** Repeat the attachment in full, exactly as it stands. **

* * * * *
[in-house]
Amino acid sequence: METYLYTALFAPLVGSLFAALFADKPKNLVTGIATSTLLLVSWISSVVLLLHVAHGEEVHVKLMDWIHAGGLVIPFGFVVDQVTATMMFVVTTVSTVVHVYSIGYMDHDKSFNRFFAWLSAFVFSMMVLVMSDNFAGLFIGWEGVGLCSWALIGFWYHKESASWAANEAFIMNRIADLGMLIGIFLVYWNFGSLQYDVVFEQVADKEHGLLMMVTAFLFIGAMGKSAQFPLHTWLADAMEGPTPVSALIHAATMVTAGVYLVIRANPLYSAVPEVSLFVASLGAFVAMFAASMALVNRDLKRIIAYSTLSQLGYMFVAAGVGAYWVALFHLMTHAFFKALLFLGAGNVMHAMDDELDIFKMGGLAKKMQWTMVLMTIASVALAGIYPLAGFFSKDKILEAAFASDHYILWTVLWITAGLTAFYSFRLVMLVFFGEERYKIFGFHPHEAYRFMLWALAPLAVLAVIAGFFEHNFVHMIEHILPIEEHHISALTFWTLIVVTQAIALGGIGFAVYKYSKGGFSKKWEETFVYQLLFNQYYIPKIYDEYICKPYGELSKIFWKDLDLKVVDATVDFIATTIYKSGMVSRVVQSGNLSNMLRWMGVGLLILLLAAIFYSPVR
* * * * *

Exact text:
[in-house]
Amino acid sequence: METYLYTALFAPLVGSLFAALFADKPKNLVTGIATSTLLLVSWISSVVLLLHVAHGEEVHVKLMDWIHAGGLVIPFGFVVDQVTATMMFVVTTVSTVVHVYSIGYMDHDKSFNRFFAWLSAFVFSMMVLVMSDNFAGLFIGWEGVGLCSWALIGFWYHKESASWAANEAFIMNRIADLGMLIGIFLVYWNFGSLQYDVVFEQVADKEHGLLMMVTAFLFIGAMGKSAQFPLHTWLADAMEGPTPVSALIHAATMVTAGVYLVIRANPLYSAVPEVSLFVASLGAFVAMFAASMALVNRDLKRIIAYSTLSQLGYMFVAAGVGAYWVALFHLMTHAFFKALLFLGAGNVMHAMDDELDIFKMGGLAKKMQWTMVLMTIASVALAGIYPLAGFFSKDKILEAAFASDHYILWTVLWITAGLTAFYSFRLVMLVFFGEERYKIFGFHPHEAYRFMLWALAPLAVLAVIAGFFEHNFVHMIEHILPIEEHHISALTFWTLIVVTQAIALGGIGFAVYKYSKGGFSKKWEETFVYQLLFNQYYIPKIYDEYICKPYGELSKIFWKDLDLKVVDATVDFIATTIYKSGMVSRVVQSGNLSNMLRWMGVGLLILLLAAIFYSPVR